In India, the market places in the cities or the towns are almost of the same character and appearance. But in the villages, they sometimes vary from place to place depending on their development.

In the metropolitan areas, the markets are not fully centralized, because the shops have grown day by day in their own way, either in rows or in parallel lines on both sides of the main road or street. The shops are better decorated, and the quality, quantity and price of goods are of superior standard, because there is a tuff competition among the dealers.

But in a village, the scene is absolutely different. Generally, the markets are centralized in a particular area taking the shape of a regular bazar. Sometimes the shops do not have the chance to grow according to a methodical plan Scattered here and there, the shops have ultimately a look of a composite market, where the people periodically assemble from far and near to buy and sell goods.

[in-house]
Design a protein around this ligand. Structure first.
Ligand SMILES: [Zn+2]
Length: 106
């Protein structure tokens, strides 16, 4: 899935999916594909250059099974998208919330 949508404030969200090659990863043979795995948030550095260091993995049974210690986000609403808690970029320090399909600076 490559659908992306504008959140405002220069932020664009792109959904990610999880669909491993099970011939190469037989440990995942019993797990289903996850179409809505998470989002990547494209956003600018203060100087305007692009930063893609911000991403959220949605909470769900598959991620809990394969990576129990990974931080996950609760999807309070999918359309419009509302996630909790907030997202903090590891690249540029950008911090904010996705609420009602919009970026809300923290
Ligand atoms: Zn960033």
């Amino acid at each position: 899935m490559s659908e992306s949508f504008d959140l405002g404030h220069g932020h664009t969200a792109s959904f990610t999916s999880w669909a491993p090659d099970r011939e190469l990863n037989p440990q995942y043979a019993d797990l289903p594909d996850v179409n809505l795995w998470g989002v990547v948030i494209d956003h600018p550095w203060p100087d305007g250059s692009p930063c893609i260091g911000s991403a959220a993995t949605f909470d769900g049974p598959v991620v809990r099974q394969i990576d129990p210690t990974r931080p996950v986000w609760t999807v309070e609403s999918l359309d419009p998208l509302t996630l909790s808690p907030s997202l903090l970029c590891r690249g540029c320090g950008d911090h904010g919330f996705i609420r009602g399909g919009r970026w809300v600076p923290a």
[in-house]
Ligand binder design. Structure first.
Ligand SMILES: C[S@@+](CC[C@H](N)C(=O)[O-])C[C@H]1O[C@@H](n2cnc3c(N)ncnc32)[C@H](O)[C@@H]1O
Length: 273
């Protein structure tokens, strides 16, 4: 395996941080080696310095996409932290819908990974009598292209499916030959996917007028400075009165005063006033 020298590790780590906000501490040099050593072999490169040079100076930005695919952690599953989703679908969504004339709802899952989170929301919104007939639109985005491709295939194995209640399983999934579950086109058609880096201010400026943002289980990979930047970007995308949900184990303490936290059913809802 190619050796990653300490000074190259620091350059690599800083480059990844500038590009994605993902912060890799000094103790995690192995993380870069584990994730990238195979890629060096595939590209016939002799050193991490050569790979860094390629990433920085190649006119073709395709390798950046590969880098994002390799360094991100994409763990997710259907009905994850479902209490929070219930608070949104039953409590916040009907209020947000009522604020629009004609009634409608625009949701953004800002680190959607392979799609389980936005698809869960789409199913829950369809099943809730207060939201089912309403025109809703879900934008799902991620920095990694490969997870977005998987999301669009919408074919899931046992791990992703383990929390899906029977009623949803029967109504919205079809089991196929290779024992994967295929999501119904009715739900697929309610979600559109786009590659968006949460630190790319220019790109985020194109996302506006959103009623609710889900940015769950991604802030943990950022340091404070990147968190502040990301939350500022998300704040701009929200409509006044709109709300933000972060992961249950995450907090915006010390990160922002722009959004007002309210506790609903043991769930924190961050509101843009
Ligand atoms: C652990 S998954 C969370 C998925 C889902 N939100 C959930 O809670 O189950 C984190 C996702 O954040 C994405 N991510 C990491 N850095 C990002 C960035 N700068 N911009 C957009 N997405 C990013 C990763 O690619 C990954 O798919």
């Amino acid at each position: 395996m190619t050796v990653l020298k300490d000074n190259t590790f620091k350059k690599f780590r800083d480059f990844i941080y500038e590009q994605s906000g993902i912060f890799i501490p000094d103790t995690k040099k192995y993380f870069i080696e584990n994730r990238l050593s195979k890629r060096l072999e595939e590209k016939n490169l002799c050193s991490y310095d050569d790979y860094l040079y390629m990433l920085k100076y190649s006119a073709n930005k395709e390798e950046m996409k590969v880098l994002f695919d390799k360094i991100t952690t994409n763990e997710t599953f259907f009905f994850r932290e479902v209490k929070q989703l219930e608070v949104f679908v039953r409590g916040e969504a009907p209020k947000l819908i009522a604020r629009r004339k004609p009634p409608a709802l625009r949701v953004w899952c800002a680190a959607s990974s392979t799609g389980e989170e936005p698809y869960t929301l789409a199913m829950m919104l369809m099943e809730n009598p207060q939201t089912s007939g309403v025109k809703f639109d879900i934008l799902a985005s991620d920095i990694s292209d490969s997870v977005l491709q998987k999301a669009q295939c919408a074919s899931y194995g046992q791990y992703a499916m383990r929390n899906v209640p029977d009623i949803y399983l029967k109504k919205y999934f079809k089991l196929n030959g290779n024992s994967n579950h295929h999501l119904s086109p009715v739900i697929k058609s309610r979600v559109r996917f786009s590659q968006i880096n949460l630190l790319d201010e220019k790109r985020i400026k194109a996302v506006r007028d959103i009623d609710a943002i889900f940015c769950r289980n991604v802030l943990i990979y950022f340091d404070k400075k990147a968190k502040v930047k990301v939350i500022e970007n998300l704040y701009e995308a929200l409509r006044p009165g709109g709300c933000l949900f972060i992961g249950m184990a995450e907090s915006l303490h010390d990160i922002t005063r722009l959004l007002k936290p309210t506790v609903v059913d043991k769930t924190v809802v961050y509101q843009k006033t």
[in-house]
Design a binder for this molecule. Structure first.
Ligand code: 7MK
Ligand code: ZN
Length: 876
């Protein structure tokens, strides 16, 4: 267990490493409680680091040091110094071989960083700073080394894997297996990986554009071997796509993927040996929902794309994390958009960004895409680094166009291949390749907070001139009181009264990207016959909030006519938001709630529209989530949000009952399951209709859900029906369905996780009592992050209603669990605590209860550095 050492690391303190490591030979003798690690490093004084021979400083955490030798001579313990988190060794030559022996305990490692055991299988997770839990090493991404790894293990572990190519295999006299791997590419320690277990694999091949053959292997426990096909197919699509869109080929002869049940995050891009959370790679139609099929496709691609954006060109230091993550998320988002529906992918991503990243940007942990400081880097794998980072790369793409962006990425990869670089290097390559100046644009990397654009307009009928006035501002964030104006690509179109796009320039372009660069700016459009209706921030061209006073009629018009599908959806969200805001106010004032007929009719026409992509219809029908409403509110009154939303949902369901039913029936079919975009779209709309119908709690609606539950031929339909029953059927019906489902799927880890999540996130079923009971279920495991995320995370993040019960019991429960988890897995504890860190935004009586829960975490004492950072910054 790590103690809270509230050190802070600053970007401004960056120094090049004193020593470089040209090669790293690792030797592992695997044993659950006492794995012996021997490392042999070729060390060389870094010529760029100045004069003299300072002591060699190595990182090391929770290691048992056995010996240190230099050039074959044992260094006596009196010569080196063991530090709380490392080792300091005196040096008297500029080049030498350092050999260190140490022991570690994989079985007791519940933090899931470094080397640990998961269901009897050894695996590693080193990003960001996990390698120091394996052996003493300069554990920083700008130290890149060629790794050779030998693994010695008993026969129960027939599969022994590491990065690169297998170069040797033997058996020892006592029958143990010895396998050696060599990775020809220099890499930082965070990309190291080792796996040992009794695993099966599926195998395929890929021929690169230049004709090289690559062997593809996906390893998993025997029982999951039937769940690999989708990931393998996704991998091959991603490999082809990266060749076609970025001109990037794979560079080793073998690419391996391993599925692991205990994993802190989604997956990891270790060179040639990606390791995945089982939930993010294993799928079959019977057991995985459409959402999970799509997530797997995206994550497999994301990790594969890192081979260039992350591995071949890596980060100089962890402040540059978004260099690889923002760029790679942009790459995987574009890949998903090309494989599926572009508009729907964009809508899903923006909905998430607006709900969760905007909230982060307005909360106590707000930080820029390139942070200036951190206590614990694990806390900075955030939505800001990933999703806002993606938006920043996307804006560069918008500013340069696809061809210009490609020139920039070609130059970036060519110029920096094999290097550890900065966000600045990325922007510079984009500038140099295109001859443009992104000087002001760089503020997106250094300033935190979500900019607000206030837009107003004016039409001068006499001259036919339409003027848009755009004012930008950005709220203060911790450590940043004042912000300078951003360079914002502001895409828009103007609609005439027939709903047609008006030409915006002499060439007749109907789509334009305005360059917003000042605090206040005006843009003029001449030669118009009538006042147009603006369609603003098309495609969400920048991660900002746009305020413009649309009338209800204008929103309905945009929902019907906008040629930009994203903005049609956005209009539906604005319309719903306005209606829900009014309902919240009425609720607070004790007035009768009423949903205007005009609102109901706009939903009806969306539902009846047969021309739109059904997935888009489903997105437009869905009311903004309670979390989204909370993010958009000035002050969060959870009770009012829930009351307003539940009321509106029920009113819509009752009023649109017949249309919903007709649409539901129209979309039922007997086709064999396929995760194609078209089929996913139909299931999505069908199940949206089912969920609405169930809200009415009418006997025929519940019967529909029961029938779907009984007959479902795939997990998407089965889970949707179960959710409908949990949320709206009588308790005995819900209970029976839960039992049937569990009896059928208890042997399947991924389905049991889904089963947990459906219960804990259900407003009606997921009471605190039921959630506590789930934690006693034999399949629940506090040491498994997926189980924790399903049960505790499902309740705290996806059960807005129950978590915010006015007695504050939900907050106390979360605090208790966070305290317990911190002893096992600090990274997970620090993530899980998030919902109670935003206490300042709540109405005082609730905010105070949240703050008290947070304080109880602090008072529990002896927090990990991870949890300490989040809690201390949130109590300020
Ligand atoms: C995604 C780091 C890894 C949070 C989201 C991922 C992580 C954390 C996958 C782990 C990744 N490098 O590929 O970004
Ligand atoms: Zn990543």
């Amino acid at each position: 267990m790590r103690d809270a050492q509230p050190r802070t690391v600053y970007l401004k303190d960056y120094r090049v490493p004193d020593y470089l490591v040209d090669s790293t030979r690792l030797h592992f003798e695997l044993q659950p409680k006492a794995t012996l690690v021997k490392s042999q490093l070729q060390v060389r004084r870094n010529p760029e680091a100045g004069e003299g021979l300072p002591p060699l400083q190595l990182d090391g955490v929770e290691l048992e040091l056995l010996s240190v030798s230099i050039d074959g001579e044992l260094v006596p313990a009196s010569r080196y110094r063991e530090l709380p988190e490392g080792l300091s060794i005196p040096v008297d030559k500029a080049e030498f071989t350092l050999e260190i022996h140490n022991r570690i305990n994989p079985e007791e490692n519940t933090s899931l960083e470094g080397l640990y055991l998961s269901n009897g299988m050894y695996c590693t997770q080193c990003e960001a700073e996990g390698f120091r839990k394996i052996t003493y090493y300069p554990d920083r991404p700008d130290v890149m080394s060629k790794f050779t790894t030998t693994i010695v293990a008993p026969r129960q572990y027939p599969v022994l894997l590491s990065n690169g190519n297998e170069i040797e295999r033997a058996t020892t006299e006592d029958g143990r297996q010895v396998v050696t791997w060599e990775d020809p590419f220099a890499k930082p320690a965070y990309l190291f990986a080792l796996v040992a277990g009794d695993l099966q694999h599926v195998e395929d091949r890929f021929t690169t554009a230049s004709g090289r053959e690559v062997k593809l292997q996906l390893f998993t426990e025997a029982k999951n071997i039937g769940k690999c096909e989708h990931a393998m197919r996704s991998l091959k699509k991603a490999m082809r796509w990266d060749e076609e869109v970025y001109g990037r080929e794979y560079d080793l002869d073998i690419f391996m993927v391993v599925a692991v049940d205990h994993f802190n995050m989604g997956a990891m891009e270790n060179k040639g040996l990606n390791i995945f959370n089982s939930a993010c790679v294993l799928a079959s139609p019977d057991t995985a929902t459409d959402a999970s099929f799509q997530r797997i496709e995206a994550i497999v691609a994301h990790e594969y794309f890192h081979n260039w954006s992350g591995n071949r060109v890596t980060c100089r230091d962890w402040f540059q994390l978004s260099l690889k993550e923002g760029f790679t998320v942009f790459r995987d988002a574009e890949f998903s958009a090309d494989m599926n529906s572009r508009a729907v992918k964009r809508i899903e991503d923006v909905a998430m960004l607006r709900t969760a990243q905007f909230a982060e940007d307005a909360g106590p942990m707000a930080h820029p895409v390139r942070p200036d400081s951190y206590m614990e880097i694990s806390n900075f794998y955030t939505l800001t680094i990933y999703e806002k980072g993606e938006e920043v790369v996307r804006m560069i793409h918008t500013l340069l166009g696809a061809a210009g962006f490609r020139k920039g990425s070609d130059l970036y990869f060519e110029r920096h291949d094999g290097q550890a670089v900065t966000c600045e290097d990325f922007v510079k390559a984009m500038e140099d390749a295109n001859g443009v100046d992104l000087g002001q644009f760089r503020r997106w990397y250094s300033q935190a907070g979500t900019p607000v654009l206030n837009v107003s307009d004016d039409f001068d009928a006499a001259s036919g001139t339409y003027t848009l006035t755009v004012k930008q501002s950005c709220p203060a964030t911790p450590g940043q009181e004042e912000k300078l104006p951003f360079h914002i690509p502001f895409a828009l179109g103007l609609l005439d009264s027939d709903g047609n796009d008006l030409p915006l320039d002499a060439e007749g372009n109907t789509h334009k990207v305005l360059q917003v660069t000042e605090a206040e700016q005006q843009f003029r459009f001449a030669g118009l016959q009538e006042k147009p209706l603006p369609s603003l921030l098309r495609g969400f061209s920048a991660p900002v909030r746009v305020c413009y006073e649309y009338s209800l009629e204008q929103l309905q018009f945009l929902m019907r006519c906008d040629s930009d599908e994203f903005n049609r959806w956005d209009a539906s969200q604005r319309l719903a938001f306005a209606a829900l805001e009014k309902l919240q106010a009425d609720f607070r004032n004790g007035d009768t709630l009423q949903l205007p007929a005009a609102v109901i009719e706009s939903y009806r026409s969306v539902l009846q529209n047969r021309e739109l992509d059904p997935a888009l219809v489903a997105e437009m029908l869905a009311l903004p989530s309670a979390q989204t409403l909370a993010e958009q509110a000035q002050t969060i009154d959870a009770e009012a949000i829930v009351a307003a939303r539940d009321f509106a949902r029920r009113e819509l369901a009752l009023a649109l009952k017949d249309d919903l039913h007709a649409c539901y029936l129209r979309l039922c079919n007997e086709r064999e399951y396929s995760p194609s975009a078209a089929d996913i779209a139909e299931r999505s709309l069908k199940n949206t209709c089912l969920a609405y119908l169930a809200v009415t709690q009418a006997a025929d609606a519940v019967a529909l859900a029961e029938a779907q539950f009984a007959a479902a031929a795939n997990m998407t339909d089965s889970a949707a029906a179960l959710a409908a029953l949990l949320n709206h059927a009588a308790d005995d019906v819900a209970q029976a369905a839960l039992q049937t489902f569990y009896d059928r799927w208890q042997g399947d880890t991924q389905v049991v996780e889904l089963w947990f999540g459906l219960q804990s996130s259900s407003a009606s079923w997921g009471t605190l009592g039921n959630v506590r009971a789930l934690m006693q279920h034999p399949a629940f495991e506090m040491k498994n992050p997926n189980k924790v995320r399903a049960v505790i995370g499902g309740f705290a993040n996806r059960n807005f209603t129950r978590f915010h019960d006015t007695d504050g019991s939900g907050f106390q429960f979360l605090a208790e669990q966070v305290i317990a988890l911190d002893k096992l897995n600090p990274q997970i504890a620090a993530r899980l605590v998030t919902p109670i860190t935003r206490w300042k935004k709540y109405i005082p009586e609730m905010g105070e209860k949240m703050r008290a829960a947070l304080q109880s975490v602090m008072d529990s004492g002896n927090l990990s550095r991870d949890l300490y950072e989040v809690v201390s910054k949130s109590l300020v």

There one can get all sorts of useful household goods-from rice, pulse, oil, spices, vegetables, meat, fish etc. to clothes, readymade garments, shoes, beddings etc. In a village market, the goods are generally of moderate price so that the middle-class and the poor people can easily afford to buy them.


Thus an Indian market, either be it in the metropolitan area or in the rural area, looks similar in many ways. And now-a-days, the shops in an Indian city can be compared with those in any foreign land. They are well-decorated and full of stock of attractive goods.